It is quite common to see acid reflux in newborns. It is natural to be worried as a parent, however. That is why you have to be well informed about the condition. This will allow you to take the right action whenever necessary.
The symptoms of acid reflux in newborns are many and different. Since stomach acids go up the esophagus, your child feels heartburn. This naturally causes him/her to cry, to arch his/her back and to refuse to eat. Hiccups, wheezing and coughing are other common symptoms. Your child may be irritable before and after meals. There are some more serious symptoms which require timely medical attention. These include spitting up forcefully, spitting up blood, green-yellowish material or blood, blood in stools, diarrhea and fever. You have to see a doctor if the infant is not gaining weight despite standard feeding schedule and portions.
The main cause of reflux in newborns is their underdeveloped gastrointestinal system. The sphincter, the muscle between the esophagus and the stomach, normally tightens so that the content of the stomach remains in place. However, in infants, it may stay relaxed until the gastrointestinal tract is mature enough at the age of 12 to 18 months. Sometimes, the problem is caused by too much food and/or too fast eating. It is also possible that there is an object obstructing the esophagus. That is why your child has to be diagnosed by a medical doctor.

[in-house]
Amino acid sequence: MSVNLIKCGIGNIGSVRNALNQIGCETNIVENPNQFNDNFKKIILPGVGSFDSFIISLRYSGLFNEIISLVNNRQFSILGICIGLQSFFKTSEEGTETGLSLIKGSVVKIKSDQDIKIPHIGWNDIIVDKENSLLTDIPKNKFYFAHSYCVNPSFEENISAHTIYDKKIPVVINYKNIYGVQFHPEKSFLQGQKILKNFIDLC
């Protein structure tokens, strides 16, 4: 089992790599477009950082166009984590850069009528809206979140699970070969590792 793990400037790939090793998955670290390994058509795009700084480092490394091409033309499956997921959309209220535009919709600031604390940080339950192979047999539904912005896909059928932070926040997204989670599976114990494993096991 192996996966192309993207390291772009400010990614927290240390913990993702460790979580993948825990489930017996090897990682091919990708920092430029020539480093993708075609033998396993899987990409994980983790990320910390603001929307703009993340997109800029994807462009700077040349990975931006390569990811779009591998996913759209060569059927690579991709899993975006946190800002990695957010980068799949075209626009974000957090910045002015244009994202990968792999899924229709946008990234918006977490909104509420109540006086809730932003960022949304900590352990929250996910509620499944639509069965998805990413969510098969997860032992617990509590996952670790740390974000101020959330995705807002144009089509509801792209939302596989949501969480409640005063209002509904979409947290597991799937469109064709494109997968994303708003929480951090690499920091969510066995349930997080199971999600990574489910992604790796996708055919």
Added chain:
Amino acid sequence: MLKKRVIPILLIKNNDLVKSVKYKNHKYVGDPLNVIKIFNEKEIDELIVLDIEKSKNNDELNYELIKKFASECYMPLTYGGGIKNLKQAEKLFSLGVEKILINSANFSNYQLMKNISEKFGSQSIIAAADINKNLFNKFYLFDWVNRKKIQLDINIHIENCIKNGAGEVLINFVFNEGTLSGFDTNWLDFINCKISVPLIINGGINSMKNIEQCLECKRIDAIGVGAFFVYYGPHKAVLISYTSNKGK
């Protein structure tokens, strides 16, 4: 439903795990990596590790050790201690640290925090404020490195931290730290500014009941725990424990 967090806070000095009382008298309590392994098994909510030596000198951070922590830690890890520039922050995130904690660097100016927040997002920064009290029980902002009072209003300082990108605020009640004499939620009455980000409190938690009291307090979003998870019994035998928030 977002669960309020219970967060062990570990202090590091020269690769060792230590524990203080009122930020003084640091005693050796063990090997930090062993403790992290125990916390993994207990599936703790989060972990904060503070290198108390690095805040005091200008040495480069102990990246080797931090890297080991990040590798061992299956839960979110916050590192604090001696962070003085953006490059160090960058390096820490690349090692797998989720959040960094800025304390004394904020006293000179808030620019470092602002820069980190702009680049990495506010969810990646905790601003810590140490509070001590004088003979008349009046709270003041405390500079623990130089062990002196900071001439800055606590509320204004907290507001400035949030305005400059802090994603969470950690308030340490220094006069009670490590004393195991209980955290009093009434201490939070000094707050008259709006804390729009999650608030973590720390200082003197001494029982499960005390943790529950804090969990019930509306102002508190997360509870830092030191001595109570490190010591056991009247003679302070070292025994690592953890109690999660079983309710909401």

The doctor will usually run simple tests to diagnose the condition. These include a general exam and blood and urine tests. The doctor may have to use a thin tube inserted through the mouth to measure the acidity in the esophagus. These tests should be sufficient in most cases. However, it may be necessary for the doctor to take x-rays of the upper gastrointestinal tract called GI series. Upper endoscopy is necessary in rare cases. It involves the placing of a thin tube with an attached camera at the end into the esophagus. That way the doctor can examine the walls and the contents completely.
The treatment of acid reflux in newborns usually involves changes in the feeding habits. Feeding your baby smaller portions of food more frequently, changing the formula and/or making it thicker are all things that may help. Keeping your child upright before and after meals and helping him/her burp are other simple methods that work. Your doctor may prescribe medications used for the treatment of this condition in a dosage suitable for infants. Usually, these are H2 blockers which reduce the amount of acid produced by the stomach. In rare cases, a surgery may be necessary.↑ Back to Top